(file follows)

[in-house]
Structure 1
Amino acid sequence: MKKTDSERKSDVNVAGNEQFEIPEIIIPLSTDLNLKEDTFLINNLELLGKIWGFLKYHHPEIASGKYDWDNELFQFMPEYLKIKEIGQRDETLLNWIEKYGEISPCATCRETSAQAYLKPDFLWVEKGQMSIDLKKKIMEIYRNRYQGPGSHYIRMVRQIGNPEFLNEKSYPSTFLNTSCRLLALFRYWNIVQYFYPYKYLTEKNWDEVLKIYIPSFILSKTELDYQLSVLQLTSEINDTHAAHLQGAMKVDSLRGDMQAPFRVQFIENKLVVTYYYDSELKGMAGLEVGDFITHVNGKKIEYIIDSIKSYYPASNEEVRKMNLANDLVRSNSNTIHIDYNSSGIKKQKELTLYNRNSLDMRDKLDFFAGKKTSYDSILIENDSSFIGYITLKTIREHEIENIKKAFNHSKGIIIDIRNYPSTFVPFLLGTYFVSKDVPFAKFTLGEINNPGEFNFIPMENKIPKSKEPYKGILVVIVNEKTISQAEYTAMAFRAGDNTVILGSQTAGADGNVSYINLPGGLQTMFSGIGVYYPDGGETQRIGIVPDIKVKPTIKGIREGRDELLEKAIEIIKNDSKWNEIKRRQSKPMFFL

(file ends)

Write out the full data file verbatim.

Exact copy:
[in-house]
Structure 1
Amino acid sequence: MKKTDSERKSDVNVAGNEQFEIPEIIIPLSTDLNLKEDTFLINNLELLGKIWGFLKYHHPEIASGKYDWDNELFQFMPEYLKIKEIGQRDETLLNWIEKYGEISPCATCRETSAQAYLKPDFLWVEKGQMSIDLKKKIMEIYRNRYQGPGSHYIRMVRQIGNPEFLNEKSYPSTFLNTSCRLLALFRYWNIVQYFYPYKYLTEKNWDEVLKIYIPSFILSKTELDYQLSVLQLTSEINDTHAAHLQGAMKVDSLRGDMQAPFRVQFIENKLVVTYYYDSELKGMAGLEVGDFITHVNGKKIEYIIDSIKSYYPASNEEVRKMNLANDLVRSNSNTIHIDYNSSGIKKQKELTLYNRNSLDMRDKLDFFAGKKTSYDSILIENDSSFIGYITLKTIREHEIENIKKAFNHSKGIIIDIRNYPSTFVPFLLGTYFVSKDVPFAKFTLGEINNPGEFNFIPMENKIPKSKEPYKGILVVIVNEKTISQAEYTAMAFRAGDNTVILGSQTAGADGNVSYINLPGGLQTMFSGIGVYYPDGGETQRIGIVPDIKVKPTIKGIREGRDELLEKAIEIIKNDSKWNEIKRRQSKPMFFL